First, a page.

Oscar Nods Night:
Where Alejandro González Iñárritu's previous films (Babel
) were punishing, Birdman
is more like a high-spirited pummeling, and the closest thing to a comedy he’s made so far. Michael Keaton plays Riggan Thomas, who once ruled Hollywood as the star of a superhero franchise – he was the titular Birdman – but whose career has since crumbled. Birdman
opens just days before Riggan debuts his stage adaptation of Raymond Carver’s “What We Talk About When We Talk About Love” – and he's cracking from the stress. The play is in shambles, Riggan’s Broadway big-shot co-star (Norton) is stealing his limelight, and Riggan may or may not be going nuts. Birdman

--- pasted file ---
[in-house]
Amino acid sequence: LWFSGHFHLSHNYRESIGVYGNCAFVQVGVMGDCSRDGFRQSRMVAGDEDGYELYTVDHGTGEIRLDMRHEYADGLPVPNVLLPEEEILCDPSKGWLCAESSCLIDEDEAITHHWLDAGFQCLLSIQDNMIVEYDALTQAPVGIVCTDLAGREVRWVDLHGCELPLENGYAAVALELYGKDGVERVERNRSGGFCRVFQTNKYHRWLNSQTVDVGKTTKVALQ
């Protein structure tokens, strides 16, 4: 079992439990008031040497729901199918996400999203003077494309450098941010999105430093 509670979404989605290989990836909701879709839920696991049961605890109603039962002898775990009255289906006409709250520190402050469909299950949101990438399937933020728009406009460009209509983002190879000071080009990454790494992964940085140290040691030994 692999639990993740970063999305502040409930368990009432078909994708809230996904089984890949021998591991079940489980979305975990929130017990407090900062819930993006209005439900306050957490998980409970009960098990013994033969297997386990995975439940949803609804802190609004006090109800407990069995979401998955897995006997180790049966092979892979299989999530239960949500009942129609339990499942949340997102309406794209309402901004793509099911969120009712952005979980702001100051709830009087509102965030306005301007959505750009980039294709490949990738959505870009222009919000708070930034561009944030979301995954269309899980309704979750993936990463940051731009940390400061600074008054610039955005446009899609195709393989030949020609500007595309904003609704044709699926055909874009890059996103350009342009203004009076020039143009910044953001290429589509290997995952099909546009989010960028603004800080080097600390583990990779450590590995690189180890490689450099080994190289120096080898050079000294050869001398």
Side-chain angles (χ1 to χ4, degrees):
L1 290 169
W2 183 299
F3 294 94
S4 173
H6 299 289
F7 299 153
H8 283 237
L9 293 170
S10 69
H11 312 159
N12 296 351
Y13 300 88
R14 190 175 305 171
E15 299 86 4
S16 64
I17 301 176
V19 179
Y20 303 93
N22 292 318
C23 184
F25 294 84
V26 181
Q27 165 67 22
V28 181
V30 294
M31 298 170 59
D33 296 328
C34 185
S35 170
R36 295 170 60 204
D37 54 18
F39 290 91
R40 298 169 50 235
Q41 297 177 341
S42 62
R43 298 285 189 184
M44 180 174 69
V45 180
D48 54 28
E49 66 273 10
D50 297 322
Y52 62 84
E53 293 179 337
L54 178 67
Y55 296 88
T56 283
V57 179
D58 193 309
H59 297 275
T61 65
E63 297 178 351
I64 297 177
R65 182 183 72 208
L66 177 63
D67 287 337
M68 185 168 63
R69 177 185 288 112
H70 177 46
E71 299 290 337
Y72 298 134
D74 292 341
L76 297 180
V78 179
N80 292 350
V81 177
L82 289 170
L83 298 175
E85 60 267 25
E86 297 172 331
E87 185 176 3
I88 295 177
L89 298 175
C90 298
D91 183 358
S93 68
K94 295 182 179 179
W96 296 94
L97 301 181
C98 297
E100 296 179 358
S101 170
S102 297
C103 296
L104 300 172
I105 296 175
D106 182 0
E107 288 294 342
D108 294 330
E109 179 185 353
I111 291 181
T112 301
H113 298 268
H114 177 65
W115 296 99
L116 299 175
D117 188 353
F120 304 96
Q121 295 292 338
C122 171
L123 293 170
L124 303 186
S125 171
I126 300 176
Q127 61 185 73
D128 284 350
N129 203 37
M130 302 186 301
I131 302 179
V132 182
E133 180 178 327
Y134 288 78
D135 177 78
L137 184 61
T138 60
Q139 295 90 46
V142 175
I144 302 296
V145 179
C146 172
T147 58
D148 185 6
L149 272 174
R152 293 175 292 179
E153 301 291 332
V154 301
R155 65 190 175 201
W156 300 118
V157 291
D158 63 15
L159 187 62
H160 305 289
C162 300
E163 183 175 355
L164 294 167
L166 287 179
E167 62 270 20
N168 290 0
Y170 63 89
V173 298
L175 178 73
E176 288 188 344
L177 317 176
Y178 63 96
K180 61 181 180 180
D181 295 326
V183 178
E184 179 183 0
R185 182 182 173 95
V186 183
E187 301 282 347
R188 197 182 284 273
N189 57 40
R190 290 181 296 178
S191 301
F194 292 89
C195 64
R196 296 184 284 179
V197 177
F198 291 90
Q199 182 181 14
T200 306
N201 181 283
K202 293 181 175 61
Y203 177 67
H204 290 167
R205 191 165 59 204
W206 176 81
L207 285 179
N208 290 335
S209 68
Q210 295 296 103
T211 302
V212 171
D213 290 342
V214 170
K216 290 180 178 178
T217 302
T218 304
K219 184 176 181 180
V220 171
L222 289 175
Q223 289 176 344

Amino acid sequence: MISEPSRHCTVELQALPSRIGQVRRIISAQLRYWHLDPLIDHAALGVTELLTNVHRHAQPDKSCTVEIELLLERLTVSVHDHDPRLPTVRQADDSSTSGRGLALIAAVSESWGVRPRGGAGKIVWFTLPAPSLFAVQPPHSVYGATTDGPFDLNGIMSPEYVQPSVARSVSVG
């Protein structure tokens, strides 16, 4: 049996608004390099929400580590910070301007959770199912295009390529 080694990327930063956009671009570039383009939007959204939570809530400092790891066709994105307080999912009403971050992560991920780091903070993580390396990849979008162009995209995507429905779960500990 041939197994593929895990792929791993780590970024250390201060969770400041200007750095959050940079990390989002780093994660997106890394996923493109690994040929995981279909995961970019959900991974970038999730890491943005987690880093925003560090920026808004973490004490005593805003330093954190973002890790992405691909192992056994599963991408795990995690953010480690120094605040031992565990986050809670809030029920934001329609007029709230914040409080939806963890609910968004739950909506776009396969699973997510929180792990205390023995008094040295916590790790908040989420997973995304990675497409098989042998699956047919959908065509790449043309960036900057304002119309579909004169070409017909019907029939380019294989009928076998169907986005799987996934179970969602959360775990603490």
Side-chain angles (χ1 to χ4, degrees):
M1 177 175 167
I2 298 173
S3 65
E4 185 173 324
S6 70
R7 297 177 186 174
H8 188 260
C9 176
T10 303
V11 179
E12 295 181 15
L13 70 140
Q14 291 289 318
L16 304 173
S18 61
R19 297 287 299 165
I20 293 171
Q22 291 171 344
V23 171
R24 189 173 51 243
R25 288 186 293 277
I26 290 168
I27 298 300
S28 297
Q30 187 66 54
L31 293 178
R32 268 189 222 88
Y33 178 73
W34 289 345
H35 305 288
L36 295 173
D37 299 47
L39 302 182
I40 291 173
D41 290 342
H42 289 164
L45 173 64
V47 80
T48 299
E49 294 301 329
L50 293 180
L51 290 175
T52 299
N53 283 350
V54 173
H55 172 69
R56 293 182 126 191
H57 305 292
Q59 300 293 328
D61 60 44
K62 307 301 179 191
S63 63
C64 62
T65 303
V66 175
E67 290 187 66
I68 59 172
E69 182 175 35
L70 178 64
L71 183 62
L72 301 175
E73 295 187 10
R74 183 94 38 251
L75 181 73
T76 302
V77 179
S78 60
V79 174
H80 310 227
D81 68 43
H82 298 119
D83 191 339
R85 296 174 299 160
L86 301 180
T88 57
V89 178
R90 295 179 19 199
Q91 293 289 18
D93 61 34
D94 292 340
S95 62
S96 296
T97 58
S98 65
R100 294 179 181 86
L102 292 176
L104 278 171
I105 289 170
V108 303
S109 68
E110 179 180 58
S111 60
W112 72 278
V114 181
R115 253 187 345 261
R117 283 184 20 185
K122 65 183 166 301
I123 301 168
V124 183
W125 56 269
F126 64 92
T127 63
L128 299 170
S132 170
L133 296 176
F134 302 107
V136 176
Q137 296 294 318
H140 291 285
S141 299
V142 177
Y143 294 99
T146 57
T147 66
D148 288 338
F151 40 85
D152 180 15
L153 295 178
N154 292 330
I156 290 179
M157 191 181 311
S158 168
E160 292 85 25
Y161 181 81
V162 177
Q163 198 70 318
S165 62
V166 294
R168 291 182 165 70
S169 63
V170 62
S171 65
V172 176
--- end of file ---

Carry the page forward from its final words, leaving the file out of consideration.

moves at a relentless tempo, somewhere between nervous-leg agitation and hair-pulling hysteria. While its many lines of inquiry may not resolve neatly, Iñárritu's film is so soaring, sometimes literally, I hardly missed the feeling of hard ground underfoot. Read a full review of Birdman or (The Unexpected Virtue of Ignorance).